If your spouse can't stand your friends, it could have a negative impact on your marriage. Researchers looked at over 16 years of data for a 2017 study. It focused on responses from 355 newlywed couples who participated in a University of Michigan survey.
The couples were asked questions like, "does your wife or husband have friends that you would rather she or he not spend time with?"
Wall Street Journal reporter Elizabeth Bernstein wrote about how friendships can strain marriages in her column "That Friend Your Spouse Loathes Might be Hurting Your Marriage." She says there are key differences between male and female friendships.
"Women have these intimate, deep friendships with their friends, their female friends especially. We're going to share everything and talk. Men are gonna golf, they're gonna sail, they're gonna go do things together and they're never going to talk about it," Bernstein said.
Researchers found the odds of divorce are higher if the husband doesn't like his wife's friends. That could stem from feelings of jealousy, intimidation, or a fear that there's a lack of intimacy.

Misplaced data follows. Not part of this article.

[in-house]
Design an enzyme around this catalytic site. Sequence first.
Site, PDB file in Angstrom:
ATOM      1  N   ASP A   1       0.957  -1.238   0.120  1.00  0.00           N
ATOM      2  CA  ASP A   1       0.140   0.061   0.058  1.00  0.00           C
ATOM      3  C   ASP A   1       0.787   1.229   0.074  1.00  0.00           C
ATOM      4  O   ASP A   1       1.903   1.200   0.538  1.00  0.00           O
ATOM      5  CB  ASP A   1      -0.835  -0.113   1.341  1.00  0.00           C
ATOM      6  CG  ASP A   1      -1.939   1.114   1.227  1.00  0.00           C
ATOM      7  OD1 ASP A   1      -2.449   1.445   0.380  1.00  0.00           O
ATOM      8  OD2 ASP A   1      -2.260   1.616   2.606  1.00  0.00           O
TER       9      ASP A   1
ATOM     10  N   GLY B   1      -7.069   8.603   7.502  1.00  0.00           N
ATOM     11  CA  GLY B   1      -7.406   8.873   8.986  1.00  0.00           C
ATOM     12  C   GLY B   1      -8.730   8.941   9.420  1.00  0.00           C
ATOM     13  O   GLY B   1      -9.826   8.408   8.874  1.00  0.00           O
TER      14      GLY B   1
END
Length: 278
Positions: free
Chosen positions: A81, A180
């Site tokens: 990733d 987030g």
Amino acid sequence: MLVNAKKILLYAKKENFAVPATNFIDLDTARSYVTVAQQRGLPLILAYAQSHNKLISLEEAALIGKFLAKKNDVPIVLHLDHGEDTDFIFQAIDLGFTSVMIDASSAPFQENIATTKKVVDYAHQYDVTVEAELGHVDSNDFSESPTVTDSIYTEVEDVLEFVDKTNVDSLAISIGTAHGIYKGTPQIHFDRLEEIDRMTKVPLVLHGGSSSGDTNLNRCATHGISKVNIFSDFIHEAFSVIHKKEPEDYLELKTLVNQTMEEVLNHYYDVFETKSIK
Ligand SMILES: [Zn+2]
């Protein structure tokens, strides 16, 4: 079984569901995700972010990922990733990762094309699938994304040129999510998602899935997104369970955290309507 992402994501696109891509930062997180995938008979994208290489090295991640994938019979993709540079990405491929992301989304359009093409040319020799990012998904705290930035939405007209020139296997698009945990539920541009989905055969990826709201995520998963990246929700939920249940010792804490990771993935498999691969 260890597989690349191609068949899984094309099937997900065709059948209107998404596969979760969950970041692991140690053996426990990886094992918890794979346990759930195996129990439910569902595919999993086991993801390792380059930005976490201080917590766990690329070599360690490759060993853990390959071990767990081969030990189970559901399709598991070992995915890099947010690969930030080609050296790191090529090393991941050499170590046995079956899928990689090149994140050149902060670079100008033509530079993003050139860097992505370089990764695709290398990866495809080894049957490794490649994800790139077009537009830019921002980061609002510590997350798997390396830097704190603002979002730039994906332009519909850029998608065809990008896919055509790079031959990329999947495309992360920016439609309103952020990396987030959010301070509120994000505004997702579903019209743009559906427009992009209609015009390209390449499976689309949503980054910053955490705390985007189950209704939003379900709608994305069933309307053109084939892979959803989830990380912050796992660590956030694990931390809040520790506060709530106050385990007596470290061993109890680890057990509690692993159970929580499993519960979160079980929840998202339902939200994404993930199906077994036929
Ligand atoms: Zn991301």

Race also plays a role. Researchers found white couples were more likely to divorce if a spouse doesn't like their partner's friends.
So what should couples do to keep their relationships strong, even if a friend appears to be getting in the way? Bernstein says it's important for couples to remember that there are other people close to you that will impact your relationship.
"So we often think in-laws can be very meddling but you have to understand there are friends in this marriage, they're part of it really," Bernstein said. "You want to understand then what is that issue. I don't like your friends but why don't I like them? Is she a drama queen, or she's a bad influence, or I'm feeling threatened, you want to get at that underlying issue because even if you got rid of the friend, it's gonna come back later."